Welcome to our 2021 year-in-review article, where we go through a rundown on the great adventures we had last year. Our voice rings through loud and clear in these pieces, so be warned. If you’d rather get our traditional ‘Lonely Planet’ style pieces, click on the links, and you’ll be good .
Instead of your average, ordinary recap, we’re doing the 2021 year-in-review with all the animals we met along the way. So buckle up, and let’s go!
Bahamas Liveaboard Diving With Sharks and Iguanas
The Bahamas were our first trip of 2021 and our first flight post-pandemic. We heard there were spaces on the Aqua Cat luxury liveaboard if we could make it to the Bahamas in two weeks. We barely had time to schedule PCR tests, but we were on that plane at the end of January.
We loved the boutique service with the airport pickup and spent almost the entire trip aboard the Aqua Cat, including our departing covid tests. The weather was a bit touch and go and kept us on the northern portion of the Exumas Cays. We dove about a dozen different Bahamas dive sites, and the crew was exceptional in describing the rest of the region. They also helped us write some great liveaboard tips, but we had to include “bring warm clothes” because of our experience.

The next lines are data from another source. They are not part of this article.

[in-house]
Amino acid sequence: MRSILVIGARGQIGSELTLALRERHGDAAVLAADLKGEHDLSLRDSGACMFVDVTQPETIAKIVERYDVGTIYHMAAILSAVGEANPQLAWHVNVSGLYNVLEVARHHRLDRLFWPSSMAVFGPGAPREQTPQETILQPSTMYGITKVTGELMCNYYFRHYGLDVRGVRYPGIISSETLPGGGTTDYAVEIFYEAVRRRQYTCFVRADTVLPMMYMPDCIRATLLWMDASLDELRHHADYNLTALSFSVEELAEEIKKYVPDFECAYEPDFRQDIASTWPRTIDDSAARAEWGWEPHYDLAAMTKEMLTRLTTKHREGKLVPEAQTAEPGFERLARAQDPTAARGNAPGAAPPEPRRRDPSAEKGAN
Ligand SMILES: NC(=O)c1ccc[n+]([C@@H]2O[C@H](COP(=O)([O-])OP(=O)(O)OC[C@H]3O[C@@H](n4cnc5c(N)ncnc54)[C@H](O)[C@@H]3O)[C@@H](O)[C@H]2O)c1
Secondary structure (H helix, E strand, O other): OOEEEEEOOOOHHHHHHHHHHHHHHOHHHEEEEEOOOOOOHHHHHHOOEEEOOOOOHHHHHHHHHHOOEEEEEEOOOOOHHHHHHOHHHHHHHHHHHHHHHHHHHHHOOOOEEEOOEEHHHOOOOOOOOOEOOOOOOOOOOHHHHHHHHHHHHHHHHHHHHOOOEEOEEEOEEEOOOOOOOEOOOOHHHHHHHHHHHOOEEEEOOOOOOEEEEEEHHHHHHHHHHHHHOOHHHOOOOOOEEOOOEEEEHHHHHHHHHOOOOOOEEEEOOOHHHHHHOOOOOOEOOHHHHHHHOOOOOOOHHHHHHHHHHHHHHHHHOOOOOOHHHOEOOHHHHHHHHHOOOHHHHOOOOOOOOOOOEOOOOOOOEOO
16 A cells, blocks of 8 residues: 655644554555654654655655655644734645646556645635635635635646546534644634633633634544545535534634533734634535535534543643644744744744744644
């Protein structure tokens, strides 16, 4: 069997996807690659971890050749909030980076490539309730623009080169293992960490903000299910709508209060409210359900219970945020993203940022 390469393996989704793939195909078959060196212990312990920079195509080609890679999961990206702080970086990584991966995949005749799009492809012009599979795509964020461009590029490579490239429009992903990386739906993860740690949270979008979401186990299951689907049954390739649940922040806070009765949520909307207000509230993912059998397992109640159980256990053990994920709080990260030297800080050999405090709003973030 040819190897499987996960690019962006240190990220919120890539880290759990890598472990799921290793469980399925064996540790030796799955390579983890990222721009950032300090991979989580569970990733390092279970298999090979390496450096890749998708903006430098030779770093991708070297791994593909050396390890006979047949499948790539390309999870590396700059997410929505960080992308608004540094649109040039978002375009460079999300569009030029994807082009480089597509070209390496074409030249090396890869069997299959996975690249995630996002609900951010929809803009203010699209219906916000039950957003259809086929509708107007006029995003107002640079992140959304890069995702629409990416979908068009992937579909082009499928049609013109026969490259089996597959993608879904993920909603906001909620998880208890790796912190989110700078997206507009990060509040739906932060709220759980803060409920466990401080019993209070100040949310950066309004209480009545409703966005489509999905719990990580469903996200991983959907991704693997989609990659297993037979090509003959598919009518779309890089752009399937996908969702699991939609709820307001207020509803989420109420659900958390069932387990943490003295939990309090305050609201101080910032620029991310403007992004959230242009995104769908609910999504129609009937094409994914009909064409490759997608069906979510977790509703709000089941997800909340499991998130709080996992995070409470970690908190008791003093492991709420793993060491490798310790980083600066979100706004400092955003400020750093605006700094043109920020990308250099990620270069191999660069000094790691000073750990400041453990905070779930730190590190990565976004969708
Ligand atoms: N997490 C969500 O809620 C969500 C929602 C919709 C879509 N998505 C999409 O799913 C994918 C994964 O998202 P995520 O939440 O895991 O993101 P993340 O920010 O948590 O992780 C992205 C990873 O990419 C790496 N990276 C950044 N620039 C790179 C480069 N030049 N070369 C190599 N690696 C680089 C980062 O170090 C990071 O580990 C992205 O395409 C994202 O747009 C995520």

We had animal encounters above and below the water diving in the Bahamas. On land, we got to feed iguanas on a desert island. We saw all kinds of critters in the water, from fish to turtles, but our favorite was the shark encounter. The Agua Cat uses a simulated carcass feed with no guest interactions, which is one of the most ethical forms of shark feeding. The experience was amazing.
Snowmageddon Mississippi and Louisiana Tour With Goats and Sloths
After the Aqua Cat, we were ready for some warm Gulf weather on a biking tour of Mississippi and Louisiana that included a Valentine’s Day Mardi Gras in New Orleans and the Southern Blogger Explore conference in Tupelo. We planned on biking Coastal Mississippi, New Orleans, Tammany Trace Trail in Louisiana North Shore, Longleaf Trace in Hattiesburg, and Tanglefoot Trail in Tupelo. The weather had other ideas.
It rained like a cow on a flat rock in Coastal Mississippi and started snowing in New Orleans. We did have one clear day of riding in New Orleans, and Ed suffered through freezing weather to put some miles in on the Tammany Trace. By the time we reached Hattiesburg, we were snowed in. Thanks to Paige at Visit Hattiesburg we had a great FAM trip and made good contacts along the way, but the weather wasn’t cooperating.